Student shoots, kills self at Lake Minneola High School, deputies say

A student shot and killed himself Tuesday morning in a courtyard outside Lake Minneola High School in what deputies described as a "planned event."

The shooting occurred as school was beginning at Lake Minneola High, at 101 N. Hancock Road in Minneola.

The student was taken to a hospital, where he was pronounced dead, according to authorities. He was identified Tuesday afternoon as 17-year-old Seth Sutherland, a senior at the school.

Deputies said Sutherland posted on social media before his death, sending private messages to his loved ones to say goodbye and posting a separate public message on Snapchat condemning people he believed contributed to his actions.

Sutherland's family was informed about the shooting, and a chaplain was meeting with them, officials said.

Lake County sheriff's spokesman John Harrell said the shooting occurred during a preplanned fire drill, at which time a classmate found the wounded student.

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FATAL MASS SHOOTING AT NORTHERN CALIFORNIA ELEMENTARY SCHOOL: LIVE UPDATES

Four people were killed and several were wounded, including children, when a gunman went on a shooting rampage in Northern California  on Tuesday, an incident that ended when police shot and killed the gunman inside a car, authorities said.

The shooting started around  8 a.m. after a domestic dispute turned violent, but then ranged from the house to a school in the Rancho Tehama Reserve community. The gunman shot targets seemingly at random, shooting parents on their way to take their children to school even striking a mother and a child in a truck. The mother sustained life-threatening injuries.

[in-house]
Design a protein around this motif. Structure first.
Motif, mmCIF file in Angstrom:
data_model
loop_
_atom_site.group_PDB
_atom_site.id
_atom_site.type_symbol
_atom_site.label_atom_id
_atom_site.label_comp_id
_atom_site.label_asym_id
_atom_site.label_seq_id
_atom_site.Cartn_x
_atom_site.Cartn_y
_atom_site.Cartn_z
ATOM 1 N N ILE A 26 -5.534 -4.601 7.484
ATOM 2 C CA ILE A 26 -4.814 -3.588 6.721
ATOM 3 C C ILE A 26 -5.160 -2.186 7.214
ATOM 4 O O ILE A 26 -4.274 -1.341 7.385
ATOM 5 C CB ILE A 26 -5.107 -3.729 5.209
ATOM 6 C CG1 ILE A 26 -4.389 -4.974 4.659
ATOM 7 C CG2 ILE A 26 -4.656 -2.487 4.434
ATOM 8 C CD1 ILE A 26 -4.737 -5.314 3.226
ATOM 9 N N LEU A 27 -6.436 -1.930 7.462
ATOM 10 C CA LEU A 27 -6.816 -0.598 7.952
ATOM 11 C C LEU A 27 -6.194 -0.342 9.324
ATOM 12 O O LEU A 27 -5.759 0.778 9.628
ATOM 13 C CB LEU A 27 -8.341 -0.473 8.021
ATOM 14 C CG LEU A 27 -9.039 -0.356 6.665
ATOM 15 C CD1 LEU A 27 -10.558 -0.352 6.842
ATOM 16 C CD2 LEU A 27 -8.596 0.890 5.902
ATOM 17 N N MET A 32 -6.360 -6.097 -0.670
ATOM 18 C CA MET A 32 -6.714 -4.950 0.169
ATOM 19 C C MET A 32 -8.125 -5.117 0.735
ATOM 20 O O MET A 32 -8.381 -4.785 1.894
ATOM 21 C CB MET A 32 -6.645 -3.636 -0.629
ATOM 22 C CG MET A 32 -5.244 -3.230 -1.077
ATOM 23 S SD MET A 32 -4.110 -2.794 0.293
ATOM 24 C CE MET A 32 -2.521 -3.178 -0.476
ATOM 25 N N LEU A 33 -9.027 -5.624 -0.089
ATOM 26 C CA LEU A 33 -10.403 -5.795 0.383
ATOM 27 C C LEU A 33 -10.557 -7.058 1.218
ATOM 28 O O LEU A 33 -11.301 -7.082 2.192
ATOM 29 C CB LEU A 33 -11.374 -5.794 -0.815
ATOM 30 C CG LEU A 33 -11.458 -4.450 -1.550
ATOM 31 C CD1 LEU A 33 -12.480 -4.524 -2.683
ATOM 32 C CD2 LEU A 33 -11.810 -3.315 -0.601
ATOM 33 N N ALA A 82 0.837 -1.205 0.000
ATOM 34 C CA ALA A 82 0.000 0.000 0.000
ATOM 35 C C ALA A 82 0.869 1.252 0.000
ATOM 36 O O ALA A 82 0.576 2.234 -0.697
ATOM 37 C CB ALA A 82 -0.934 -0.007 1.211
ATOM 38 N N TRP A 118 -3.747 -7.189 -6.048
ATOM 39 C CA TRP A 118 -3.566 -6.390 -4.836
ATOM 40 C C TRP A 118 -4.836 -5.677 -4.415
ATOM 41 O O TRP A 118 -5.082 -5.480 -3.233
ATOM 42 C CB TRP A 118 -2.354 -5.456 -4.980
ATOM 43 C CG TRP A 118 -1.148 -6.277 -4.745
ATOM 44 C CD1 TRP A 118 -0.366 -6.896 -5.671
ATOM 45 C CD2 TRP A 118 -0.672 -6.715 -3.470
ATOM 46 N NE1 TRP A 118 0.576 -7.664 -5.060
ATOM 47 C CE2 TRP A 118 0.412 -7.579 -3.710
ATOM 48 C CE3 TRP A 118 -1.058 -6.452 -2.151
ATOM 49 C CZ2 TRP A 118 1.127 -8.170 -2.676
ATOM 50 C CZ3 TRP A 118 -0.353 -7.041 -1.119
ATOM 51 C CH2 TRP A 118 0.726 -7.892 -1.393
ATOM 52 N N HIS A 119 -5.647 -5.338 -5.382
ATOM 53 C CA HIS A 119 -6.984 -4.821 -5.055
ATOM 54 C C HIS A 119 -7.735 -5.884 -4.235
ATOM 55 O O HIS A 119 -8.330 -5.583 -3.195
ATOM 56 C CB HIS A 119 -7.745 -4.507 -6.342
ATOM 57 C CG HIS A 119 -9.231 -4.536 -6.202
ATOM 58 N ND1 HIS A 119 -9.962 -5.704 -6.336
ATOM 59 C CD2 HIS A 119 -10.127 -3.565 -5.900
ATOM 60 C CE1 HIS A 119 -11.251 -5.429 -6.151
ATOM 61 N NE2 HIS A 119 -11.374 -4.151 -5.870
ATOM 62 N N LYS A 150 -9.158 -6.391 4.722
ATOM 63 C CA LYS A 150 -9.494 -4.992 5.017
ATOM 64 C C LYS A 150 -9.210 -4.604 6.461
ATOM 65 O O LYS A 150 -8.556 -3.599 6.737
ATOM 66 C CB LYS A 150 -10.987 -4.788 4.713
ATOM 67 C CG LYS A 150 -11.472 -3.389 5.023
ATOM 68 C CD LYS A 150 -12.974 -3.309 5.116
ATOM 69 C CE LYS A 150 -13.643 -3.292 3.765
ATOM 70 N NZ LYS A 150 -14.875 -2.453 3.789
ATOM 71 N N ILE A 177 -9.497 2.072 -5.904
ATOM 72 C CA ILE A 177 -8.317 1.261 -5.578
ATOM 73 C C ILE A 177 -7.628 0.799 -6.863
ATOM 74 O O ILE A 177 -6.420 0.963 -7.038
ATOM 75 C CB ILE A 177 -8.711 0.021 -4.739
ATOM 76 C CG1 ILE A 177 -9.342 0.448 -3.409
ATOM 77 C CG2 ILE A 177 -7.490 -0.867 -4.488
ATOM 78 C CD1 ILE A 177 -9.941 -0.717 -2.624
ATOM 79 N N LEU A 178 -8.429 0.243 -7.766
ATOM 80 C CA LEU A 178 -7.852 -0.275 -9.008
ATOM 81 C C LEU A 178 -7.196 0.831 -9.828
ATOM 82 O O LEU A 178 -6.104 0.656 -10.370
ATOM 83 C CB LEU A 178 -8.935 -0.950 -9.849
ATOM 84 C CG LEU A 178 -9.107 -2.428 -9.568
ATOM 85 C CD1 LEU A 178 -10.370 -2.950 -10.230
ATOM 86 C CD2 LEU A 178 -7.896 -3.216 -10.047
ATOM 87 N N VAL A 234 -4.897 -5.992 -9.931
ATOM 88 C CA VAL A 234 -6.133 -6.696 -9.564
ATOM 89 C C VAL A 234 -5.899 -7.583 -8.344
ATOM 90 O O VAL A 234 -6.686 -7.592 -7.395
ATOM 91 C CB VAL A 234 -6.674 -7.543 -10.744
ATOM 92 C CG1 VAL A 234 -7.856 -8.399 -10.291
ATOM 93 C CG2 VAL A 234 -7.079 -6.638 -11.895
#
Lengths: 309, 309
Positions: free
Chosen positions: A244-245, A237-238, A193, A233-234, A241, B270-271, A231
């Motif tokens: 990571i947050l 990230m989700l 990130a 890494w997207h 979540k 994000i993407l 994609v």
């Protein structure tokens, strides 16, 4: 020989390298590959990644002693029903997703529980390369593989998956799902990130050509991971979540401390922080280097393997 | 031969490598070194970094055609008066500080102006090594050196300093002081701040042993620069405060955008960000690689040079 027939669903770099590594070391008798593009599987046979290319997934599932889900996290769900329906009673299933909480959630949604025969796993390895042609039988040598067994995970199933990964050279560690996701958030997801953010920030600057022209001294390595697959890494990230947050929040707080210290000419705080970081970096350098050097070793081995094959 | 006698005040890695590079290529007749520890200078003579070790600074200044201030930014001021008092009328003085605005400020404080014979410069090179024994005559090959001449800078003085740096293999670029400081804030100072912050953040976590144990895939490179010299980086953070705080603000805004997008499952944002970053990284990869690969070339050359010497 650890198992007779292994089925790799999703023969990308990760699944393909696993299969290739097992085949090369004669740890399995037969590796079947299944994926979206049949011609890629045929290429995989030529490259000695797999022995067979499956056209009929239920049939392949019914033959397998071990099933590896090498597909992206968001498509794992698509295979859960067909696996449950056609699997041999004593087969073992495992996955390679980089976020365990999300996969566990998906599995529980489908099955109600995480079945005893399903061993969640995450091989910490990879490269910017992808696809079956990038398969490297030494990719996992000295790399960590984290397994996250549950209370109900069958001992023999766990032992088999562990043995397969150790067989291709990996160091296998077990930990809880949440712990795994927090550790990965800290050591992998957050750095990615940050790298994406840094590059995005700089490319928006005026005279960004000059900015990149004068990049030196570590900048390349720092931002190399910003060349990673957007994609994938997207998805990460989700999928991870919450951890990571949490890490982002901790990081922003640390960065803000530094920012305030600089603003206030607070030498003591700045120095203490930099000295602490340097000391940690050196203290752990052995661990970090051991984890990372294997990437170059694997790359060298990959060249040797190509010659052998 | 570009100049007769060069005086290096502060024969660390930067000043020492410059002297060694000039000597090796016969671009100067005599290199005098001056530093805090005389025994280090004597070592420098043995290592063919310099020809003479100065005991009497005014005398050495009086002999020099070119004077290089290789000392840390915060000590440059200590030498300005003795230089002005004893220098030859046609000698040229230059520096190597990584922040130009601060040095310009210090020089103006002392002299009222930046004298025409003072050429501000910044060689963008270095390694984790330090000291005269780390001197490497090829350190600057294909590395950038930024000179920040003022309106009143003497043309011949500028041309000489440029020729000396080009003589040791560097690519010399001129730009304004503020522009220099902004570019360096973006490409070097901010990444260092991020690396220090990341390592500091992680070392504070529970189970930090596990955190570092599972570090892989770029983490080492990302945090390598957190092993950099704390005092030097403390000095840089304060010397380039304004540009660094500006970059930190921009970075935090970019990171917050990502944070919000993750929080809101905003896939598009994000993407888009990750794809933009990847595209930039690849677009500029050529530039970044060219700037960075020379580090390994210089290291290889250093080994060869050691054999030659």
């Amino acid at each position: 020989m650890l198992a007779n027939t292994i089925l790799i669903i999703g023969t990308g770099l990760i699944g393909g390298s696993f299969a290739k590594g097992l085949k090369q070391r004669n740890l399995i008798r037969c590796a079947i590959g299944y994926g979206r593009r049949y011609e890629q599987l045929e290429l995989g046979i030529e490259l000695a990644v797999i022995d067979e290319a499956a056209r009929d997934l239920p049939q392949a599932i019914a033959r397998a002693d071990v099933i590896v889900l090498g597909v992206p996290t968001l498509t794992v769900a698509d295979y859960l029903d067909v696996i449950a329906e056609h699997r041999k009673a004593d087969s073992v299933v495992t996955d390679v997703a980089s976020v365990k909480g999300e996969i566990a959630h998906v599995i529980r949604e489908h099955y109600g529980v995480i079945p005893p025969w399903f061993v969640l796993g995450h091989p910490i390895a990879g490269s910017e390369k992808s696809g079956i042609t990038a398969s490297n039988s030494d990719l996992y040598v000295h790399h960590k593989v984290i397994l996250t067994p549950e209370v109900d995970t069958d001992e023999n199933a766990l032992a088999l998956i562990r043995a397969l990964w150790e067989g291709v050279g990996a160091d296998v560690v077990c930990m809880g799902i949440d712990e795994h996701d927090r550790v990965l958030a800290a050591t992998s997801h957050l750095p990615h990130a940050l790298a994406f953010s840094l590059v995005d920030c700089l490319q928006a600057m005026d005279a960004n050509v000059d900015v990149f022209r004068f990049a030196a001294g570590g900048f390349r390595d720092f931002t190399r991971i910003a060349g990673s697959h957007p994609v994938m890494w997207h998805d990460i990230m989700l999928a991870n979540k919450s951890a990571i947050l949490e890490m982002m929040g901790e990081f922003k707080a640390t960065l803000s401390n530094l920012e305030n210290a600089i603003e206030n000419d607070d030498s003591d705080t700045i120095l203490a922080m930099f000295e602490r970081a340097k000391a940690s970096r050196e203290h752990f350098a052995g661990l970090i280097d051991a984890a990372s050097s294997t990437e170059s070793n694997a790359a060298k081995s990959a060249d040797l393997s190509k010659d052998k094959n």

In all, authorities said, he left seven crime scenes. They have yet to reveal the identity of the shooter, who had a semi-automatic rifle and two handguns.

“It was very clear early on that we had a subject that was randomly picking targets,” Tehama County Assistant Sheriff Phil Johnston.

At the school, witnesses say that the gunman shot through classroom windows at Rancho Tehama Elementary School injuring a young boy who was struck in "the foot and chest," according to KRCR.

Parent Coy Ferreira told the radio outlet that he was dropping off his daughter at the school Tuesday morning when the shots rang out. Ferreira said he ran into a classroom when he heard shots coming through the classroom windows.

Johnston said the shooter shot inside and outside the school of about 100 students, according to the Record Searchlight

Jeanine Quist, Corning Union Elementary School District spokeswoman, told KABC that a number of students were wounded but no one was killed at the Rancho Tehama school.

Four people were transported to the hospital including three children and one adult.

WDSU reported that a 6-year-old and one other child were injured in the fusillade, which witnesses said was close to 100 rounds.

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8-year-old Georgia boy arrested, facing four criminal charges, for discharging gun in school